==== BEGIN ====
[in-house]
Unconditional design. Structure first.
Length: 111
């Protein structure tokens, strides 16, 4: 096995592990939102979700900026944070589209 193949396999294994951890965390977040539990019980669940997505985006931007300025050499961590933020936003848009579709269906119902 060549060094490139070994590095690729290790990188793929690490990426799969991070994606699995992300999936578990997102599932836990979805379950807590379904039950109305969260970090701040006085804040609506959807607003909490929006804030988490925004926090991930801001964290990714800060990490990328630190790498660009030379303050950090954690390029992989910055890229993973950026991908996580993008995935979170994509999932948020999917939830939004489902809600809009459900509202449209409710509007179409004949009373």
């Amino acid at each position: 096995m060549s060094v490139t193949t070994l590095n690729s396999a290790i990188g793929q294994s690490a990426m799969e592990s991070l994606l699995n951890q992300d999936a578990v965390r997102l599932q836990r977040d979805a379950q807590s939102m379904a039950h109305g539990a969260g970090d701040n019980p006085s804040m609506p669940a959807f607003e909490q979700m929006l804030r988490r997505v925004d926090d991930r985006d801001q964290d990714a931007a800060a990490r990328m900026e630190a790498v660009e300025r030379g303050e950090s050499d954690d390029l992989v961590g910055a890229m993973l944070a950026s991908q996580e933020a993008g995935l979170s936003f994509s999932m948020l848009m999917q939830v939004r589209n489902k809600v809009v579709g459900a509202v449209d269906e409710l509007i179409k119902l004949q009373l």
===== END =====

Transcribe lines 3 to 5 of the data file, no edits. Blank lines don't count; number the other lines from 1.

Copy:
Length: 111
């Protein structure tokens, strides 16, 4: 096995592990939102979700900026944070589209 193949396999294994951890965390977040539990019980669940997505985006931007300025050499961590933020936003848009579709269906119902 060549060094490139070994590095690729290790990188793929690490990426799969991070994606699995992300999936578990997102599932836990979805379950807590379904039950109305969260970090701040006085804040609506959807607003909490929006804030988490925004926090991930801001964290990714800060990490990328630190790498660009030379303050950090954690390029992989910055890229993973950026991908996580993008995935979170994509999932948020999917939830939004489902809600809009459900509202449209409710509007179409004949009373």
């Amino acid at each position: 096995m060549s060094v490139t193949t070994l590095n690729s396999a290790i990188g793929q294994s690490a990426m799969e592990s991070l994606l699995n951890q992300d999936a578990v965390r997102l599932q836990r977040d979805a379950q807590s939102m379904a039950h109305g539990a969260g970090d701040n019980p006085s804040m609506p669940a959807f607003e909490q979700m929006l804030r988490r997505v925004d926090d991930r985006d801001q964290d990714a931007a800060a990490r990328m900026e630190a790498v660009e300025r030379g303050e950090s050499d954690d390029l992989v961590g910055a890229m993973l944070a950026s991908q996580e933020a993008g995935l979170s936003f994509s999932m948020l848009m999917q939830v939004r589209n489902k809600v809009v579709g459900a509202v449209d269906e409710l509007i179409k119902l004949q009373l």